Absolutely nothing was ready yet and Christopher’s guest drew closer every moment. His pace was slow, but stopping would be the absolute worst thing he could do, as there would likely be no starting again. Christopher just needed to work harder. The smell drew his visitor in; there were a few things he could do to spice it up some more. Continue reading
Author’s Note: This story was written live on stream with the audience bidding tokens (earned while watching) to determine the path of the story. The underlined phrases in the choice of three were the winning pathways. Stop by twitch.tv/blainearcade if you’d ever like to participate in our interactive fiction.
Seedy POV Spoiled Rotten POV Sky Writer POV
It was the autumn. My sixteenth birthday approached rapidly on the horizon. As the daughter of one of the wealthiest families in all of the town of Tinstar, my party was to be quite the event. Not only would it certainly get written up in the local paper’s society and culture section, but my birthday, as it did every year, fell upon the night prior to Halloween. Continue reading
Prompt: A man walks up to a shop girl and hands her a slip of waxed paper. It has the word ‘impermanence’ written on it.
The shop would close soon, evidenced most notably not by the switched-off lights, the calm music, or the closed sign itself, but by Buttercup’s yawning. She was a champion at it by now, after three years working the register at her mother’s shop. She could yawn like a hippo, loud enough to drive the last lingering scent-hounds out of the store.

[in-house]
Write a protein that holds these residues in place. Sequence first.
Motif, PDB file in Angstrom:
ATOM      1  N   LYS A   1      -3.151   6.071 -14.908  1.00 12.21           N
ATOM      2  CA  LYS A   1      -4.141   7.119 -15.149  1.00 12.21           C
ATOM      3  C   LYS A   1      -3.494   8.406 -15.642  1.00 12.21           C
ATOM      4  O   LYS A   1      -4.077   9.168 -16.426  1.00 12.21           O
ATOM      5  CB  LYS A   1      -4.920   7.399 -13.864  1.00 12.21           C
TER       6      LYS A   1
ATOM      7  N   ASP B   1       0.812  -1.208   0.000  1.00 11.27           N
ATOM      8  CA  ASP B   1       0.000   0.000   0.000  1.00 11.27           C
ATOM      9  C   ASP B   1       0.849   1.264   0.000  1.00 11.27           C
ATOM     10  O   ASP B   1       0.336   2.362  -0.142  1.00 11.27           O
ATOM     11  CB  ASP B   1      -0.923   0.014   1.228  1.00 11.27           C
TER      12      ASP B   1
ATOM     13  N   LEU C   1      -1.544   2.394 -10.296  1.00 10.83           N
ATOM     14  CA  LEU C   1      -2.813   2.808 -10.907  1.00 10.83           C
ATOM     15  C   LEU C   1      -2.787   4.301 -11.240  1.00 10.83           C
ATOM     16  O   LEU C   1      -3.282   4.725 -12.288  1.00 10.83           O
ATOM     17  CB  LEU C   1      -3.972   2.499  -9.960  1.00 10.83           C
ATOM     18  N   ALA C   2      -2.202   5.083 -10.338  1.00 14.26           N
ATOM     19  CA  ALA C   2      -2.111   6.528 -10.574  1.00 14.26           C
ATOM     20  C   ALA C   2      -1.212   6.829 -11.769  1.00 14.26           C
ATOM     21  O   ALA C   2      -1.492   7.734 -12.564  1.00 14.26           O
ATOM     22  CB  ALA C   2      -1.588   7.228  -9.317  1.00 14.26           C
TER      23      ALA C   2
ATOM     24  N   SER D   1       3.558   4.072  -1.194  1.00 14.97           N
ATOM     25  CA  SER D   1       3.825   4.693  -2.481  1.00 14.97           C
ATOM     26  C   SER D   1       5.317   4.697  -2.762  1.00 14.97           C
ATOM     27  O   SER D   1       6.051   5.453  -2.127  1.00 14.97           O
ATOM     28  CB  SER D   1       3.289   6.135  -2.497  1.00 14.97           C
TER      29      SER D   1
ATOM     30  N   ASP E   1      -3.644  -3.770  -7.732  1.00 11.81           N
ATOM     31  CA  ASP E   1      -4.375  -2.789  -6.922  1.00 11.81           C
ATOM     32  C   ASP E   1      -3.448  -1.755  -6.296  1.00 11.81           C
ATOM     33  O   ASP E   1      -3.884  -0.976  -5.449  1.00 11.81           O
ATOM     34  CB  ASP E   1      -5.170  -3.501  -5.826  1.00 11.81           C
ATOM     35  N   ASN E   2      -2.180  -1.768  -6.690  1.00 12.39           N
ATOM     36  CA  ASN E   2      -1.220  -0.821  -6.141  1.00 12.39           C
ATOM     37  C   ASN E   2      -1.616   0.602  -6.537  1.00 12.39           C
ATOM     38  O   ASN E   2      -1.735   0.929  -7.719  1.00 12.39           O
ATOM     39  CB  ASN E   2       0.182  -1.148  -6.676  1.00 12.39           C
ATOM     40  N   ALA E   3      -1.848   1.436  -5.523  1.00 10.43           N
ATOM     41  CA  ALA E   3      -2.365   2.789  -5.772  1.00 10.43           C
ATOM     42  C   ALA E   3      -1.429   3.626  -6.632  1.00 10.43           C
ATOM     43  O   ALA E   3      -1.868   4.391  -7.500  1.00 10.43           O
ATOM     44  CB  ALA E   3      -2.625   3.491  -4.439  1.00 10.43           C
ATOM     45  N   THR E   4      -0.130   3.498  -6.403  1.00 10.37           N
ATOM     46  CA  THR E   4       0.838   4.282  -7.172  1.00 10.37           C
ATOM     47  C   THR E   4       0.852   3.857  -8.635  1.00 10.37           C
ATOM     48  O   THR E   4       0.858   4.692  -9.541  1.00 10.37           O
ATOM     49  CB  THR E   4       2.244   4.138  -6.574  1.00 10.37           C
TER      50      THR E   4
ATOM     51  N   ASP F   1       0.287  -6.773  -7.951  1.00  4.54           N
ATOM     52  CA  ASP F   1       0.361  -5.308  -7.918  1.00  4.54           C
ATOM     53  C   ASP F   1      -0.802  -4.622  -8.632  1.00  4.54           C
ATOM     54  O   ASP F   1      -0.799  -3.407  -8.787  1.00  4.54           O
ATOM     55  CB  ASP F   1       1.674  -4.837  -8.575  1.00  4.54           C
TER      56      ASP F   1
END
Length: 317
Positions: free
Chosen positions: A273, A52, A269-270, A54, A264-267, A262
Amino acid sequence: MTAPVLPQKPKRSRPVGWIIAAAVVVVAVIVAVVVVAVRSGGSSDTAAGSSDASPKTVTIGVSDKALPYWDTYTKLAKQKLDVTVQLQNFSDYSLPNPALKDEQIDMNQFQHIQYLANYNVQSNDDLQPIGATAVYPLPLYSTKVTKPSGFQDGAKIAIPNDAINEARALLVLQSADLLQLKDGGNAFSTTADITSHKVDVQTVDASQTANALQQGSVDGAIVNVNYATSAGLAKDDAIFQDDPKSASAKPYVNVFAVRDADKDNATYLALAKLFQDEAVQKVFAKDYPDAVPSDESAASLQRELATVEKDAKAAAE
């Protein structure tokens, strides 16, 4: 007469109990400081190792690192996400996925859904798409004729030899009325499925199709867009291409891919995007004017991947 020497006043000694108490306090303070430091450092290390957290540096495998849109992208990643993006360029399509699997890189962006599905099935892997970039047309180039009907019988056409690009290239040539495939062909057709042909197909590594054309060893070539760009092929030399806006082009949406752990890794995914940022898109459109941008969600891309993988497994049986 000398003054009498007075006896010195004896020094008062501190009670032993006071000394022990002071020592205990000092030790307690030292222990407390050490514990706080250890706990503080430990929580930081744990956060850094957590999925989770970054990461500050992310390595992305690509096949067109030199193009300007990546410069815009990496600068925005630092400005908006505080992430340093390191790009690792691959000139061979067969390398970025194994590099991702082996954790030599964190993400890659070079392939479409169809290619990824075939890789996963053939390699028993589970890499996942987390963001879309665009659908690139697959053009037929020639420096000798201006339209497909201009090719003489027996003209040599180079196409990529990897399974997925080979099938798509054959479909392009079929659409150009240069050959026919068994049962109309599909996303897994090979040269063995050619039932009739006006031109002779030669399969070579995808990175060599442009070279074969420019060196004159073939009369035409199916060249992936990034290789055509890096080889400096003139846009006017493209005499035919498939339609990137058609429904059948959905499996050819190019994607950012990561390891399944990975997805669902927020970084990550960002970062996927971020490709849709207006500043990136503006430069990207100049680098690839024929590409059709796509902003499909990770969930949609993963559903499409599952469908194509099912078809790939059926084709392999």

The reason for calling them scent-hounds, as well as the excuse for her yawning, was in the nature of the shop itself. They sold candles. Oils. Incense. Extracts. Dried things in bundles from every continent that could grow sprigs or branches. They had all the positive smells in the world, but about seventy-three percent of them were relaxing. Every shift was a battle against fatigue, especially with the humming of the folk music in the background all day. Continue reading
Six little pairs of shoes hovered a foot off the old wooden floor of the schoolhouse. The seventh pair belonged to an adult and shuddered up and down where the others were deathly still. Four button noses were pressed against the peeling paint, flakes falling faster than ever thanks to their giggling. One of the girls tapped on the wood and waited for a response.
Clop clop clop, the wall responded, exactly like the hoof stamps of a pony. Their giggles answered it back. The girl tapped on the wall twice more. Clop clop. Continue reading
The reception area of the cloud cognition research facility was designed to evoke positive feelings much more than the rest of the building. The couches were burgundy, the front desk was paneled in light shining wood, and the receptionist wore a pale purple sweater.
She wore the smile she was hired for when an eleven year old girl came in through the automatic doors. She walked up to the desk and placed her elbows on it, but instead of asking any questions she merely looked around. The receptionist wondered what was going on in that little blond head, but didn’t care enough to actually guess. Continue reading